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Instructor Class Description

Time Schedule:

Vicente L. Rafael
Seattle Campus

Special Topics in Southeast Asian Studies

Content varies.

Class description

The topic of the course is "Comparative Colonialism" and is also offered as HIST 485A. What is colonialism and how does it historically come about? How is the practice of comparison related to colonial histories? In what ways are questions about authority–for example, the narrative authority to impose one’s stories and the political authority to impose one’s will-- repeatedly raised in Western encounters with non-Western peoples? Indeed, in the wake of colonialism and in an era of globalization, do these categories “Western” and “non-Western” still make sense? What role does nationalism play in determining the limits and possibilities of colonial rule? How is nationalism related to cosmopolitanism as twin alternatives to imperial domination? In addressing these questions, this course will examine a variety of historical, literary, and cinematic productions set in colonial contexts ranging from the Americas to Asia and Africa, including the recent US "war on terror." In doing so, the course will treat colonialism as a world historical event whose effects continue to be felt and whose power needs to be addressed.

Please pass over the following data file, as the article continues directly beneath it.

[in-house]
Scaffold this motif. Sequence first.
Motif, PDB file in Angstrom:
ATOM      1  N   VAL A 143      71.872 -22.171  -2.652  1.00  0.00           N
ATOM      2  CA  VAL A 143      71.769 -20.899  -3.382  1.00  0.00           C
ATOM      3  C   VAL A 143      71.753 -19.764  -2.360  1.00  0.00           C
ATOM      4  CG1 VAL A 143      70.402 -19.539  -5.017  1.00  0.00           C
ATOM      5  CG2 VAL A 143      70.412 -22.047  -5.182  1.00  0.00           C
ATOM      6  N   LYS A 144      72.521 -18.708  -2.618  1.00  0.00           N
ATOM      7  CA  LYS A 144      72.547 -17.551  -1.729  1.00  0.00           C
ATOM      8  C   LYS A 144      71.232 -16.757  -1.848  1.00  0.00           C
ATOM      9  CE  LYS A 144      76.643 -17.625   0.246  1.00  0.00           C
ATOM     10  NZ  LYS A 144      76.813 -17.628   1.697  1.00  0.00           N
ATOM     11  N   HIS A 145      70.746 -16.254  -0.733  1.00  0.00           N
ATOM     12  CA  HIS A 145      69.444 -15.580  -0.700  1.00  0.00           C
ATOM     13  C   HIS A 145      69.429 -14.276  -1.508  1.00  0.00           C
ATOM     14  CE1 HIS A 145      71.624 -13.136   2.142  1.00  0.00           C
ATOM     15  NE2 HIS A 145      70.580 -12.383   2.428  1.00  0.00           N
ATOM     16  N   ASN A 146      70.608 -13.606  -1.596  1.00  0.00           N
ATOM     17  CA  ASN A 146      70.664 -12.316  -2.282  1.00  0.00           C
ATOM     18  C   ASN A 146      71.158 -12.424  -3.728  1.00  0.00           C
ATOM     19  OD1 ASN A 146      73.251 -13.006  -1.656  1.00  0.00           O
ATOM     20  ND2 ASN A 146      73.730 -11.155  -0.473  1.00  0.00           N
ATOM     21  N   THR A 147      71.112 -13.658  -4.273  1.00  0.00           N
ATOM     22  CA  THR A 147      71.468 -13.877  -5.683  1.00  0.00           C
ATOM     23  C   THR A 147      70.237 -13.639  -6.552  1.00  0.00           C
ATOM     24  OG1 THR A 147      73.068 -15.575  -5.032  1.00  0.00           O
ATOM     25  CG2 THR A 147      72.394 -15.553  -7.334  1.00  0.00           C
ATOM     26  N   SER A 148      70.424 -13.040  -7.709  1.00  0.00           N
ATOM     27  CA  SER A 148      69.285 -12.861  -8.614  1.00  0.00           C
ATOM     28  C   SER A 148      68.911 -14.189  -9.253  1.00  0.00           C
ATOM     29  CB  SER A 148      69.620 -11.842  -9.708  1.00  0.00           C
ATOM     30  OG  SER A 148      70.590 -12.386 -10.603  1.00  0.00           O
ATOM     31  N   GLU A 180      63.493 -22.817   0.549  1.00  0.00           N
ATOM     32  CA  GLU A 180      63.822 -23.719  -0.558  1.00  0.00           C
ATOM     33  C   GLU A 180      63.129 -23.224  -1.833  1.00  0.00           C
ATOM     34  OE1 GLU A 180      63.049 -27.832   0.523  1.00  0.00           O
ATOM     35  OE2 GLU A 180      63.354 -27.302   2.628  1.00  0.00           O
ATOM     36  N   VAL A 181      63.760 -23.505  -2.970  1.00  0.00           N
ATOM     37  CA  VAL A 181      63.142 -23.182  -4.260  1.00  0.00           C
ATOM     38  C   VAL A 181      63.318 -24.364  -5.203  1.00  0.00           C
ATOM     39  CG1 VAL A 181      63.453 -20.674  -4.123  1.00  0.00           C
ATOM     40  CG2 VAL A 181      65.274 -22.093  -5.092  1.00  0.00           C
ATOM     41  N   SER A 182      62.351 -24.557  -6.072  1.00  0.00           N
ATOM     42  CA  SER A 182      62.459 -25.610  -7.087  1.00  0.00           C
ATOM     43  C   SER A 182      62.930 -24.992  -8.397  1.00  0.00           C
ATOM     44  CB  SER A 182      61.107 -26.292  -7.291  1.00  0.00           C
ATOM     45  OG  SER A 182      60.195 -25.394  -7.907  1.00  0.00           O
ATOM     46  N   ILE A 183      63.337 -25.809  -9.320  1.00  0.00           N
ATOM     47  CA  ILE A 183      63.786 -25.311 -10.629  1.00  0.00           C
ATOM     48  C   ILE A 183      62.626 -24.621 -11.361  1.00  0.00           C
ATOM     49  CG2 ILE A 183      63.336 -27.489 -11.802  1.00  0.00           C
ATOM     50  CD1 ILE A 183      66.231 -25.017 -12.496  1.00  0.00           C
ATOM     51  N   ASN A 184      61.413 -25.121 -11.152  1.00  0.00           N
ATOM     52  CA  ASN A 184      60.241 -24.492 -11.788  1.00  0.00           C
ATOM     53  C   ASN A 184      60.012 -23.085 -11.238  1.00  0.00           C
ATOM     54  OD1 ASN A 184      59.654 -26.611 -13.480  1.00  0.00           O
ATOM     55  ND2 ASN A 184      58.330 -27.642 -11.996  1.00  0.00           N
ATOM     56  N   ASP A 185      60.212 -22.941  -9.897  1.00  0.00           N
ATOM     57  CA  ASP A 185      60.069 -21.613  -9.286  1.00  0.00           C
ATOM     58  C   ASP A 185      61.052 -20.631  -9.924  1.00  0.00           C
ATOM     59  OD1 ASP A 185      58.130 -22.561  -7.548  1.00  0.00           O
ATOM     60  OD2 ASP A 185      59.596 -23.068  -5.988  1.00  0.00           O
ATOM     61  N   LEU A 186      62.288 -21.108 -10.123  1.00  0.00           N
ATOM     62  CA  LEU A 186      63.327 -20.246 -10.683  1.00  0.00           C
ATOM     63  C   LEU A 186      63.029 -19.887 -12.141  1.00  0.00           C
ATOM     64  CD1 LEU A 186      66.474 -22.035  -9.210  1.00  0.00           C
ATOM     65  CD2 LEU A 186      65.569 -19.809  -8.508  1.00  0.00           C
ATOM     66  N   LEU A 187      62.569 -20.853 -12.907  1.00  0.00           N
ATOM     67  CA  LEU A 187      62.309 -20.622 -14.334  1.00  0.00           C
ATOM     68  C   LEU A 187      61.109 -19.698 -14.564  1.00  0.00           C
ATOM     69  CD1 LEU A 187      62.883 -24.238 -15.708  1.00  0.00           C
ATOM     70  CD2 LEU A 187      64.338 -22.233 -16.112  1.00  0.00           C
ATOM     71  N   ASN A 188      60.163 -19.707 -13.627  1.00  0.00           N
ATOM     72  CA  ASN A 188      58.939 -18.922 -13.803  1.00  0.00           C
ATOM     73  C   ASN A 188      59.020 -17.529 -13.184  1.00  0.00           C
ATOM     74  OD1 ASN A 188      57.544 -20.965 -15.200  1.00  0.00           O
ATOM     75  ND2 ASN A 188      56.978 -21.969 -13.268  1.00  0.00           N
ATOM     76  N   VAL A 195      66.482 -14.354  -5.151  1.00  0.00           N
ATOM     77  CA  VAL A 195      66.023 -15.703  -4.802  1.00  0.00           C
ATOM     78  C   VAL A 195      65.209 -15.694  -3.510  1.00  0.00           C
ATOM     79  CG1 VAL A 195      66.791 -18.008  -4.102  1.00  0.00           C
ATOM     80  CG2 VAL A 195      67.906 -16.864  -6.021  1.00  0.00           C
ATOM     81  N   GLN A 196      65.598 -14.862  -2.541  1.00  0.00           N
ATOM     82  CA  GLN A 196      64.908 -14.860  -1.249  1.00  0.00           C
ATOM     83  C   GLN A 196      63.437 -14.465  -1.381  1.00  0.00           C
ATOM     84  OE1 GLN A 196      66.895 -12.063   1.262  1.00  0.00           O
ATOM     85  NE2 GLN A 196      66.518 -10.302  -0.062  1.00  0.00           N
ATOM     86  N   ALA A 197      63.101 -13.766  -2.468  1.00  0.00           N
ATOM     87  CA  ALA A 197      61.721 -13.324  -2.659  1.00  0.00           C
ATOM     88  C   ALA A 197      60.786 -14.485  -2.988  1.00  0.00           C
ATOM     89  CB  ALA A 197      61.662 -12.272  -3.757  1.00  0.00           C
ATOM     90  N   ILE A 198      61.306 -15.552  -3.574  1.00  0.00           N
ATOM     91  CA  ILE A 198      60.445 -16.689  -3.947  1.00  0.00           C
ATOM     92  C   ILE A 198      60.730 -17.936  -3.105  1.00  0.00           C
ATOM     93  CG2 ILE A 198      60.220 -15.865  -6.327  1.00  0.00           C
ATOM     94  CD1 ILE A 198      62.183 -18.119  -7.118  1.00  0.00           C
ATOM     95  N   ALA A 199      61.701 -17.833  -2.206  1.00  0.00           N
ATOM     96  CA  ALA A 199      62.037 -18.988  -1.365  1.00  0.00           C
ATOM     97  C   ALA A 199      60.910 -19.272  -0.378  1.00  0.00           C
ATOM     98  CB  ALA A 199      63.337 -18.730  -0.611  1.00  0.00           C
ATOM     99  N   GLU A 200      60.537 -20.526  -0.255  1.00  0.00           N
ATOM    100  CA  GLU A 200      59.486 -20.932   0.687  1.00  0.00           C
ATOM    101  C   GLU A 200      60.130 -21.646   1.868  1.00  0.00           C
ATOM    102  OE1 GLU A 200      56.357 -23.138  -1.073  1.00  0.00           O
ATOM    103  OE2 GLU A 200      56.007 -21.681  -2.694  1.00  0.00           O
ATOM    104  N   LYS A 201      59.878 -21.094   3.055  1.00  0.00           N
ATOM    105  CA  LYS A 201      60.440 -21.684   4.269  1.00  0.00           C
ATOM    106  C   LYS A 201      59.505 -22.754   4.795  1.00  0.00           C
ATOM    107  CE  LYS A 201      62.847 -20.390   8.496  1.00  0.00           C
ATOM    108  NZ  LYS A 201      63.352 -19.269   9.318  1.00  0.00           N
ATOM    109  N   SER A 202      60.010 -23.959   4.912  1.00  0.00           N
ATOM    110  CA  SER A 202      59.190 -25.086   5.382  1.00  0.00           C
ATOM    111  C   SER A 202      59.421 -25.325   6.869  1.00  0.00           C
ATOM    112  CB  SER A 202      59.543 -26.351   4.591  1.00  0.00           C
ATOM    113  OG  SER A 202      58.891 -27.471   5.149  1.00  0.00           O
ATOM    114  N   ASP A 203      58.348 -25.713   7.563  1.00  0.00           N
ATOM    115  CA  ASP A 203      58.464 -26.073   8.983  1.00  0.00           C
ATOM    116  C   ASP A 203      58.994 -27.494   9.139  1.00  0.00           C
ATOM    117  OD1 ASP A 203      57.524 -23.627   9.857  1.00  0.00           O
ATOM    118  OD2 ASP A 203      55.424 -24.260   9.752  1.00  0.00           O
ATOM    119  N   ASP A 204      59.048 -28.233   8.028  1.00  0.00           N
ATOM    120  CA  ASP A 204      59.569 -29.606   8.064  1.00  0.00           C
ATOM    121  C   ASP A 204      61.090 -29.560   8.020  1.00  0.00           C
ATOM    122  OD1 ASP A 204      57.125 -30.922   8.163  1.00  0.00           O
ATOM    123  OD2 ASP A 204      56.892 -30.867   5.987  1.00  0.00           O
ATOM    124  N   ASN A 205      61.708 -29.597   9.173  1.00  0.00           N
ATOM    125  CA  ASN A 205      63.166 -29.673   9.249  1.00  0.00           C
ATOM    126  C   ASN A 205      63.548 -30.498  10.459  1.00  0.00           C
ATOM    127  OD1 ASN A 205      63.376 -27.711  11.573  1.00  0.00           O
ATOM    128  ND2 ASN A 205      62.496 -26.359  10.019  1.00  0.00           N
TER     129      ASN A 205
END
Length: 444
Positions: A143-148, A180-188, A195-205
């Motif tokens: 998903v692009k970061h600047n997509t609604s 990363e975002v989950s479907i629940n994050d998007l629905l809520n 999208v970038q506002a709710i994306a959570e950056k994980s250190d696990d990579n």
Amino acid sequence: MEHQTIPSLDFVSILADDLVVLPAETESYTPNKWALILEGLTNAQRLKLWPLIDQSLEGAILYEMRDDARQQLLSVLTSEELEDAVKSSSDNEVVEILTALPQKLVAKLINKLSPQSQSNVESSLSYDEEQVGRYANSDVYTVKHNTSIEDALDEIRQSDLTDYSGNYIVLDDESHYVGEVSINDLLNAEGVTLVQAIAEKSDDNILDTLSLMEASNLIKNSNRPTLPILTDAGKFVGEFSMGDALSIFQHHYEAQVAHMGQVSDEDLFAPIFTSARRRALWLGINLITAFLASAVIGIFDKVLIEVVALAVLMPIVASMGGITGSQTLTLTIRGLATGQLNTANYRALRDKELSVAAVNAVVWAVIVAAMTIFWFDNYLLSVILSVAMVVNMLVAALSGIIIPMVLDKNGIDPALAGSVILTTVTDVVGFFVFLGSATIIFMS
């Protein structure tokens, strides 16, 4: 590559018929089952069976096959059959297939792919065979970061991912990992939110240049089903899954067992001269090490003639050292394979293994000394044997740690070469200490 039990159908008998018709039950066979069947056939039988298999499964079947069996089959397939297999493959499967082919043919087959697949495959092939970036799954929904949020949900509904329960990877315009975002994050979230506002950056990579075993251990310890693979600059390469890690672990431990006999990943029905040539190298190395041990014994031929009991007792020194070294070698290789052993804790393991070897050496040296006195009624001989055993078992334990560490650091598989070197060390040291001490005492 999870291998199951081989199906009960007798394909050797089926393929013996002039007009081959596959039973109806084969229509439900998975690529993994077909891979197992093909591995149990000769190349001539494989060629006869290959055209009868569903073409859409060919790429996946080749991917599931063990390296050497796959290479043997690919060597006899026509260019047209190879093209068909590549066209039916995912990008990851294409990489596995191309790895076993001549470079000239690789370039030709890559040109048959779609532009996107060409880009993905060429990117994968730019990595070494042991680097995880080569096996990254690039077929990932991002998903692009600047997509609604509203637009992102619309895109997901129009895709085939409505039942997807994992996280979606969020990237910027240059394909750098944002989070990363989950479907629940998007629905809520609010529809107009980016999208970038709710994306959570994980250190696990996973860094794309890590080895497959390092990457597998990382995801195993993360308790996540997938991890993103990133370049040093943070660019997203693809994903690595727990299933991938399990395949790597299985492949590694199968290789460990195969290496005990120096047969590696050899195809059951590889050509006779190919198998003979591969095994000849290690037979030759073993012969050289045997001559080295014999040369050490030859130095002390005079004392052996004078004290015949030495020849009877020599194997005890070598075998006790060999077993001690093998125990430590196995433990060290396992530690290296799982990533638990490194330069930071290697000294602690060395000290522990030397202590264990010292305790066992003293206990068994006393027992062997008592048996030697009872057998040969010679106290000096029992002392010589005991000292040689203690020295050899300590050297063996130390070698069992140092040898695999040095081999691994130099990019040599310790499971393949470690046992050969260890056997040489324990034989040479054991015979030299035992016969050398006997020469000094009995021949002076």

Student learning goals

General method of instruction

Lectures, discussions, films.

Recommended preparation


Class assignments and grading

Readings, one take home mid-term, one take home final exam.

Mid-term and final exam.

The information above is intended to be helpful in choosing courses. Because the instructor may further develop his/her plans for this course, its characteristics are subject to change without notice. In most cases, the official course syllabus will be distributed on the first day of class.
Last Update by Vicente L. Rafael
Date: 02/08/2008